Each Redstor backup account has its own encryption key, which is used to encrypt that account’s data during the backup process. If this encryption key is lost (e.g. if the machine hosting that account's backup client dies and the user cannot remember the encryption key), there is no way to access the backed-up data (not even for Redstor employees). In managed environments, a group administrator may wish to avoid this scenario by protecting the encryption keys so that they can be recovered if necessary. This is where group certificates come in.
A Redstor group certificate contains a pair of keys: one that can be shared publicly, and one that should remain private. Any information (such as encryption keys) that is encrypted with the public key can only be decrypted with the private key.
A group certificate key pair can be generated from the group administrator's Management Console. The administrator also selects a passphrase to protect the private key, and the passphrase is stored within their Console. The public key, in turn, is sent to Redstor as part of a group certificate request. Since access to encryption keys also allows access to the backed-up data, we first verify that the requesting administrator has been appropriately authorised by their organisation before countersigning the certificate. The administrator then uploads the signed certificate to their Console.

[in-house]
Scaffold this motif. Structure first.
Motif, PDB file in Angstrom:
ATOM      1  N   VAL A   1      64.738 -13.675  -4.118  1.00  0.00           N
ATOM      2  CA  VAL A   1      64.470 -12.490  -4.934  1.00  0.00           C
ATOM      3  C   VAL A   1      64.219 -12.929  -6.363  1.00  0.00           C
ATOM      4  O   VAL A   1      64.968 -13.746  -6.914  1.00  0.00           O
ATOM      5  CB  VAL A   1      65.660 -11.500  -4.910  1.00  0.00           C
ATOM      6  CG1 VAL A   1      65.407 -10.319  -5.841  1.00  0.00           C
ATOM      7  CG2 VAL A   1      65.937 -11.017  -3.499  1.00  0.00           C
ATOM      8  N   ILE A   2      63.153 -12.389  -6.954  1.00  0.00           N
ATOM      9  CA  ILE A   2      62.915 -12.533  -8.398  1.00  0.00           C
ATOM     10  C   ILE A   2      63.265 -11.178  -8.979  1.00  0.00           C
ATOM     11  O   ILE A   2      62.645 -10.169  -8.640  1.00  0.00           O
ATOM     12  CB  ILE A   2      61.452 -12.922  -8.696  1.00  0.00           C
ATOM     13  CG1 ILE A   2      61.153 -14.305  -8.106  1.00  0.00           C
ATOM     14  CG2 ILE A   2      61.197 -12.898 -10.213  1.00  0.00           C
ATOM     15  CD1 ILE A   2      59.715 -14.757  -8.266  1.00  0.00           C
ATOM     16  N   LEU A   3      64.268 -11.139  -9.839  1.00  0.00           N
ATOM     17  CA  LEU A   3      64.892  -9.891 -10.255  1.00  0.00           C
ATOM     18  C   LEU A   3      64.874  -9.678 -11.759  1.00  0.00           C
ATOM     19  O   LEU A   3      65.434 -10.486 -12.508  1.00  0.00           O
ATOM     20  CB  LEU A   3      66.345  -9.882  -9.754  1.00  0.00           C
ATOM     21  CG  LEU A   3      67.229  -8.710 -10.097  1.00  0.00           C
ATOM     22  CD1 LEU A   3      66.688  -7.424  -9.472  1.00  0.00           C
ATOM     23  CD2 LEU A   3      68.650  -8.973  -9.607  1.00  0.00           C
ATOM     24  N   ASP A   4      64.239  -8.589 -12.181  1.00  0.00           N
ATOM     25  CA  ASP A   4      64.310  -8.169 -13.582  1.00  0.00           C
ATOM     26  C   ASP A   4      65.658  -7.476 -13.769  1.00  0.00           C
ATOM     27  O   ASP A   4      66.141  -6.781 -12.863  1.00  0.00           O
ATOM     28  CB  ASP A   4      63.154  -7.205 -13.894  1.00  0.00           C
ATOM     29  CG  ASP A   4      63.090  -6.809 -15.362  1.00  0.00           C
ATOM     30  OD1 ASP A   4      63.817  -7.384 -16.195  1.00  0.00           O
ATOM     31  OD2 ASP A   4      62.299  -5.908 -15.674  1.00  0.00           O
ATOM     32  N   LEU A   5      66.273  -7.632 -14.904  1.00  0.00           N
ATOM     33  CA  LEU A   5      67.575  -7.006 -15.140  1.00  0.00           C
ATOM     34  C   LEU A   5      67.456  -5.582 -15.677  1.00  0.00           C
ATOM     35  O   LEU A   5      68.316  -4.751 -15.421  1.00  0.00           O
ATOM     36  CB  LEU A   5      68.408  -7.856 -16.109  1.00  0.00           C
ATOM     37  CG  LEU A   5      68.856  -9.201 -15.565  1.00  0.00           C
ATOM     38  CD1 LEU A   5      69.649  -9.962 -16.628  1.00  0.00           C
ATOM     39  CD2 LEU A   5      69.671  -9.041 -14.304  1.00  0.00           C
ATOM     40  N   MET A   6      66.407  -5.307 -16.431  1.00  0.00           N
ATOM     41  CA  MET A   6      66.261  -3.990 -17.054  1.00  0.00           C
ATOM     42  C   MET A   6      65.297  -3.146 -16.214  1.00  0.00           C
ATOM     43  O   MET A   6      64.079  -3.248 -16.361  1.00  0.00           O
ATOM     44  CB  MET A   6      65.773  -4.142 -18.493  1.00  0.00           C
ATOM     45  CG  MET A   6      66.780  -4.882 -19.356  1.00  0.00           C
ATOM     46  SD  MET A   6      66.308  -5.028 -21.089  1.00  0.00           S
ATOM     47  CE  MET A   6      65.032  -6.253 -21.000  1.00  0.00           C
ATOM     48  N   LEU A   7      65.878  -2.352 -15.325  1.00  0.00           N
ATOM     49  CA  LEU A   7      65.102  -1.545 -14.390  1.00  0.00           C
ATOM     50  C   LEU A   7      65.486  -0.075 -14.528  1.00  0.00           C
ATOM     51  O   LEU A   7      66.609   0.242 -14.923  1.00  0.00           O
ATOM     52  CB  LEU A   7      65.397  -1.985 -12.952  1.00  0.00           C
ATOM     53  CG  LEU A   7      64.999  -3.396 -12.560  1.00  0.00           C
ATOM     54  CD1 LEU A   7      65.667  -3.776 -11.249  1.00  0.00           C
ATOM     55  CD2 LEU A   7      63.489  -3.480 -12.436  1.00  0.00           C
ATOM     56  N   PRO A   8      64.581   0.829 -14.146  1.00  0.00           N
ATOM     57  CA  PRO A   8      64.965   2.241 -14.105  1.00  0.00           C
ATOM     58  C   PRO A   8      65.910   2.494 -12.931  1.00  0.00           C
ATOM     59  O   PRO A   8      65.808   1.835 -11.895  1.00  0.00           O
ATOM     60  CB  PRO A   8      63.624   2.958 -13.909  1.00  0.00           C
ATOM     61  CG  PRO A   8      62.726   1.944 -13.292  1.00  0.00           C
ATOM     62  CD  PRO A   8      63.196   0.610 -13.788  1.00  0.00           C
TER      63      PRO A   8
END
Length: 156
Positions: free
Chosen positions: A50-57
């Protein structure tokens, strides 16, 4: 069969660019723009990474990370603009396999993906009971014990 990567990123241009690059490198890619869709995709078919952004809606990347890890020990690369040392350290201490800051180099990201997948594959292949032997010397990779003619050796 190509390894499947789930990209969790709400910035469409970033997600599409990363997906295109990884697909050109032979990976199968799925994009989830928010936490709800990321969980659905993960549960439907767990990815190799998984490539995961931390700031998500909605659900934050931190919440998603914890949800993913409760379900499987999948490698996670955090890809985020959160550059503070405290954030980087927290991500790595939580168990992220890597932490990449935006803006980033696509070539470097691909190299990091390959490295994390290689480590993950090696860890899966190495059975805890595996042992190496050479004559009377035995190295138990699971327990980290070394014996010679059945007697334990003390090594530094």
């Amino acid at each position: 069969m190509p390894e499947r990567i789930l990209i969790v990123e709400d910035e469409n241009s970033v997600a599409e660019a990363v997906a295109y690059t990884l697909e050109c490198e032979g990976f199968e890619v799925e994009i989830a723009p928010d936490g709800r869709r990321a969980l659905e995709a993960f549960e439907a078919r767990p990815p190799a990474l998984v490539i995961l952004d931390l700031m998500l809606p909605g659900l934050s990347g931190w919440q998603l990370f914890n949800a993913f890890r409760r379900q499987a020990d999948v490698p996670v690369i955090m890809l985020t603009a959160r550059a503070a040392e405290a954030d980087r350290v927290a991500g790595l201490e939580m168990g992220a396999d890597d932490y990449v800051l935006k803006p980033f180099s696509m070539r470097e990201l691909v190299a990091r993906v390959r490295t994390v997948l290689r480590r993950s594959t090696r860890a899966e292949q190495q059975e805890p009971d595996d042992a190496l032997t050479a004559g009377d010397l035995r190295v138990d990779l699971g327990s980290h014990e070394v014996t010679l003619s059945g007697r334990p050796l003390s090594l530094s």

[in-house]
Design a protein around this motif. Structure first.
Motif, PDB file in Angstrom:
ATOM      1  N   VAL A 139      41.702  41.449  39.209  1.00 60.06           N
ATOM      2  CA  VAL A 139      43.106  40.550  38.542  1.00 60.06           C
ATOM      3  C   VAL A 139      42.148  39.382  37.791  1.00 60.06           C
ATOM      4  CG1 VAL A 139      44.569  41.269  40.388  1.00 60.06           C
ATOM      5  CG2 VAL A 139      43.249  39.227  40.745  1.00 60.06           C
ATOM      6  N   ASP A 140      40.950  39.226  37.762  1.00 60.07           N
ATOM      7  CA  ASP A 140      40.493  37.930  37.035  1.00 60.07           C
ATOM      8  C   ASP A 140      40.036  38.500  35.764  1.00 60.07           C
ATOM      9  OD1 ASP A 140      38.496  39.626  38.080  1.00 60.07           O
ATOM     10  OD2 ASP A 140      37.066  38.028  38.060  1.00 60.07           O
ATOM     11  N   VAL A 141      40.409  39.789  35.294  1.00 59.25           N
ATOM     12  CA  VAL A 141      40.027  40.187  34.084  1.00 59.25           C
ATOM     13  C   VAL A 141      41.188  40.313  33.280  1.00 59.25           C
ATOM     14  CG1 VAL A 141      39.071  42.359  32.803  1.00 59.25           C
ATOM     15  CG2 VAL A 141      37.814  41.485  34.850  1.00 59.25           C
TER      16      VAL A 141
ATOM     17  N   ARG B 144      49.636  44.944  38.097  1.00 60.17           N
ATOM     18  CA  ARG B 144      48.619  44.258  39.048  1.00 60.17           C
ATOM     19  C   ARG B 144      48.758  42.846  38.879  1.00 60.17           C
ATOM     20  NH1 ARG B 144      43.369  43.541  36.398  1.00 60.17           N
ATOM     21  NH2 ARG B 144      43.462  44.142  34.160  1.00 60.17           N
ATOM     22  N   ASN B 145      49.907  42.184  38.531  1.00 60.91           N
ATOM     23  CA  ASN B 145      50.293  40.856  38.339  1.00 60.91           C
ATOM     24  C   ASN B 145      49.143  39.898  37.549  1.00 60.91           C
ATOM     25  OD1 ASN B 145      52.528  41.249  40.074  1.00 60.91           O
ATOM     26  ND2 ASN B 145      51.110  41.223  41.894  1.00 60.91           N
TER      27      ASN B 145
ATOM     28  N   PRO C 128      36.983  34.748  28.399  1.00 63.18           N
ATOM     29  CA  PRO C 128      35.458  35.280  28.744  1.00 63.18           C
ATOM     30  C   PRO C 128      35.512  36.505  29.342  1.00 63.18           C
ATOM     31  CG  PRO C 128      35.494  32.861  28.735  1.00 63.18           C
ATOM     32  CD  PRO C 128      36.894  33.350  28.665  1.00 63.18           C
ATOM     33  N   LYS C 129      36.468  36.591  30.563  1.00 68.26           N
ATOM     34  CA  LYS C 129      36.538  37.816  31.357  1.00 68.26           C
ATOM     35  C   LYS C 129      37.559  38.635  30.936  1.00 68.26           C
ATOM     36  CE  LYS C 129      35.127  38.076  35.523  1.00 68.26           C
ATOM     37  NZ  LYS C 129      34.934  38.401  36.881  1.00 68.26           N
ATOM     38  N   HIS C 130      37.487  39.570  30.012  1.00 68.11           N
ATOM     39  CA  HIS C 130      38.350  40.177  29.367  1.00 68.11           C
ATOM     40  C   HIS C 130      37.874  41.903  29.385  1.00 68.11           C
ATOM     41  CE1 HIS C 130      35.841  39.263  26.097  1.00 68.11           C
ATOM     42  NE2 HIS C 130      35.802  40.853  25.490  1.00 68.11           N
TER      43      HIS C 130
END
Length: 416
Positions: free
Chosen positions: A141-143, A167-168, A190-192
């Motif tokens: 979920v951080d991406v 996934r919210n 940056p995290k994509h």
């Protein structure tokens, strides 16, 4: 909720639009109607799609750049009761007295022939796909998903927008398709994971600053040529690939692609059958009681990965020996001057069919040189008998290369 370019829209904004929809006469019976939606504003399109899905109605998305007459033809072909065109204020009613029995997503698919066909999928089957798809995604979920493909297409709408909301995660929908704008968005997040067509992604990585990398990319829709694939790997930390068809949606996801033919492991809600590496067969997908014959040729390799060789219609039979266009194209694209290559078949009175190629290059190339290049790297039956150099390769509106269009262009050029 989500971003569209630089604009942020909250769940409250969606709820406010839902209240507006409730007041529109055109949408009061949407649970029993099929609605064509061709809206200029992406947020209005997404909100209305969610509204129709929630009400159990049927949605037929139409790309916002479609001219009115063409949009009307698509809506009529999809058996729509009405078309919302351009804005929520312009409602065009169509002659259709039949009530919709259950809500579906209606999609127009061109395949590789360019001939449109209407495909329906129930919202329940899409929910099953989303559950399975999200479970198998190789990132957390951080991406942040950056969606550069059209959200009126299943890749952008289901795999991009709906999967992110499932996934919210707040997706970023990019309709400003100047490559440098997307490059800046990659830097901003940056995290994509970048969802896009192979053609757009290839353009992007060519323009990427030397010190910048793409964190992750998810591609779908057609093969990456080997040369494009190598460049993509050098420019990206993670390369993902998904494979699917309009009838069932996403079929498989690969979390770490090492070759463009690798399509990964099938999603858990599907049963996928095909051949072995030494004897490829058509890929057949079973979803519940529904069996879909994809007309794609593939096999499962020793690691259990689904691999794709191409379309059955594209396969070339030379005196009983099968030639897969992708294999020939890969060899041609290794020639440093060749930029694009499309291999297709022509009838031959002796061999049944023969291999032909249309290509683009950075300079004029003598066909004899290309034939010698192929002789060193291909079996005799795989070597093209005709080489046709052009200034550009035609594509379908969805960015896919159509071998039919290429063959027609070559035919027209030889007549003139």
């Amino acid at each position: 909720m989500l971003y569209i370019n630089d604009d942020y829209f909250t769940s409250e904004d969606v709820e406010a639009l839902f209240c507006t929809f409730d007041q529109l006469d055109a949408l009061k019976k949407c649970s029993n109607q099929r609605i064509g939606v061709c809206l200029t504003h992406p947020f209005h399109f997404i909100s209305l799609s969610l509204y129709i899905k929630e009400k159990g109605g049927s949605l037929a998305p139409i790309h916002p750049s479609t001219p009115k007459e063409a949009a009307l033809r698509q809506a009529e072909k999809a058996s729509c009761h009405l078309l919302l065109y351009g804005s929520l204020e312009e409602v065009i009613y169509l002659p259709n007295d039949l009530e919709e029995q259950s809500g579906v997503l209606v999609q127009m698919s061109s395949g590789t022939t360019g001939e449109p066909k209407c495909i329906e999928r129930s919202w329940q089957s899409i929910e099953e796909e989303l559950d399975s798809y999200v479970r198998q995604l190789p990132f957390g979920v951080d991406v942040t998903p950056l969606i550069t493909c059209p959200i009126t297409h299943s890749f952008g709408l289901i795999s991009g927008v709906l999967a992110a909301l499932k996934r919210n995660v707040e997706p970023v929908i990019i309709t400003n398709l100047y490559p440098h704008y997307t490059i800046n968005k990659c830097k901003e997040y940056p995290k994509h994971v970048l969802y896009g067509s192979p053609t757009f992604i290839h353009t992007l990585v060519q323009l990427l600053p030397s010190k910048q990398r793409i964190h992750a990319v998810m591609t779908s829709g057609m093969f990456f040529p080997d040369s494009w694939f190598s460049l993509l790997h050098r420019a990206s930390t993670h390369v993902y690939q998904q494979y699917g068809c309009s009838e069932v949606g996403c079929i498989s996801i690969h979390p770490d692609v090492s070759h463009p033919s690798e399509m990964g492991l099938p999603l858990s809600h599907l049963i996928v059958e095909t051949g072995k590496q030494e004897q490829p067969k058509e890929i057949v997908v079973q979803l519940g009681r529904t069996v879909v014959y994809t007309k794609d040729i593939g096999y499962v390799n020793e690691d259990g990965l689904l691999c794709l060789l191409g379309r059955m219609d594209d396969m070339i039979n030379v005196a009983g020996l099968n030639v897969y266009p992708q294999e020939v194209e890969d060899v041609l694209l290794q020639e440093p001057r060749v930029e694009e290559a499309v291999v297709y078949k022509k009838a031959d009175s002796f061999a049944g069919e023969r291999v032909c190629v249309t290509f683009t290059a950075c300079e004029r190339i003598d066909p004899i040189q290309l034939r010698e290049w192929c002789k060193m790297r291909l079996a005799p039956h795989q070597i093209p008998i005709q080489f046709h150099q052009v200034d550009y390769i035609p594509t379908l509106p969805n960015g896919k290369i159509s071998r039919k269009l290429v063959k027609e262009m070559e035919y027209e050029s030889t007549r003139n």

From now on, whenever an encryption key is provided by a backup client in order to perform a backup, that key is encrypted using the public key from the group certificate, and stored in the relevant AccountServer database. The key's encrypted value can only be decrypted by the private key of that group certificate, which (like the group certificate passphrase) is securely stored within the group administrator's Console. As long as the administrator ensures that no-one else has access to the private key, no-one (including Redstor) can access either the encryption keys or the backed-up data of the group's accounts.